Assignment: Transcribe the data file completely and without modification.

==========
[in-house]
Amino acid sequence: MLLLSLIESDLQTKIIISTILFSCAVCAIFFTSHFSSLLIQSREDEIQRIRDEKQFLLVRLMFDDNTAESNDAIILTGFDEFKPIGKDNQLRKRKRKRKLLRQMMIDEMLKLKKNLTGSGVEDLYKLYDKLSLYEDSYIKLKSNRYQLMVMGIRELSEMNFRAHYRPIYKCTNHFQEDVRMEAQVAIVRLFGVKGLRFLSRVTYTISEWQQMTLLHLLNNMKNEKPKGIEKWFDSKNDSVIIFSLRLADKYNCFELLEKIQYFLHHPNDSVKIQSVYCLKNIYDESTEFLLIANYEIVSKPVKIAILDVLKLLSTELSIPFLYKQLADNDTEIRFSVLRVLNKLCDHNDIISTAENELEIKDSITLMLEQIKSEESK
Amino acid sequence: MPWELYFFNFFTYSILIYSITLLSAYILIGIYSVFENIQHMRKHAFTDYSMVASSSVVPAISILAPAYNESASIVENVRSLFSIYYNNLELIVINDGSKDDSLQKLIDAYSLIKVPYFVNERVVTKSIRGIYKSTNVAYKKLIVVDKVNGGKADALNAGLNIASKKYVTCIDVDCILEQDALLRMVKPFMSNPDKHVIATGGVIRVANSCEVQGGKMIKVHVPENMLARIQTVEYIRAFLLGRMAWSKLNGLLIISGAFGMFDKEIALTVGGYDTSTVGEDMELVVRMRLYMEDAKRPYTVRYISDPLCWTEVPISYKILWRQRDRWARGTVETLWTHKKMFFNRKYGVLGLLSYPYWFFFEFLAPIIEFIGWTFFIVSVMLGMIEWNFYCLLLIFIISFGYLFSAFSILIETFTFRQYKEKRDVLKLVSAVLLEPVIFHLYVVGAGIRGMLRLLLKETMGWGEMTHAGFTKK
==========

[in-house]
Amino acid sequence: MLLLSLIESDLQTKIIISTILFSCAVCAIFFTSHFSSLLIQSREDEIQRIRDEKQFLLVRLMFDDNTAESNDAIILTGFDEFKPIGKDNQLRKRKRKRKLLRQMMIDEMLKLKKNLTGSGVEDLYKLYDKLSLYEDSYIKLKSNRYQLMVMGIRELSEMNFRAHYRPIYKCTNHFQEDVRMEAQVAIVRLFGVKGLRFLSRVTYTISEWQQMTLLHLLNNMKNEKPKGIEKWFDSKNDSVIIFSLRLADKYNCFELLEKIQYFLHHPNDSVKIQSVYCLKNIYDESTEFLLIANYEIVSKPVKIAILDVLKLLSTELSIPFLYKQLADNDTEIRFSVLRVLNKLCDHNDIISTAENELEIKDSITLMLEQIKSEESK
Amino acid sequence: MPWELYFFNFFTYSILIYSITLLSAYILIGIYSVFENIQHMRKHAFTDYSMVASSSVVPAISILAPAYNESASIVENVRSLFSIYYNNLELIVINDGSKDDSLQKLIDAYSLIKVPYFVNERVVTKSIRGIYKSTNVAYKKLIVVDKVNGGKADALNAGLNIASKKYVTCIDVDCILEQDALLRMVKPFMSNPDKHVIATGGVIRVANSCEVQGGKMIKVHVPENMLARIQTVEYIRAFLLGRMAWSKLNGLLIISGAFGMFDKEIALTVGGYDTSTVGEDMELVVRMRLYMEDAKRPYTVRYISDPLCWTEVPISYKILWRQRDRWARGTVETLWTHKKMFFNRKYGVLGLLSYPYWFFFEFLAPIIEFIGWTFFIVSVMLGMIEWNFYCLLLIFIISFGYLFSAFSILIETFTFRQYKEKRDVLKLVSAVLLEPVIFHLYVVGAGIRGMLRLLLKETMGWGEMTHAGFTKK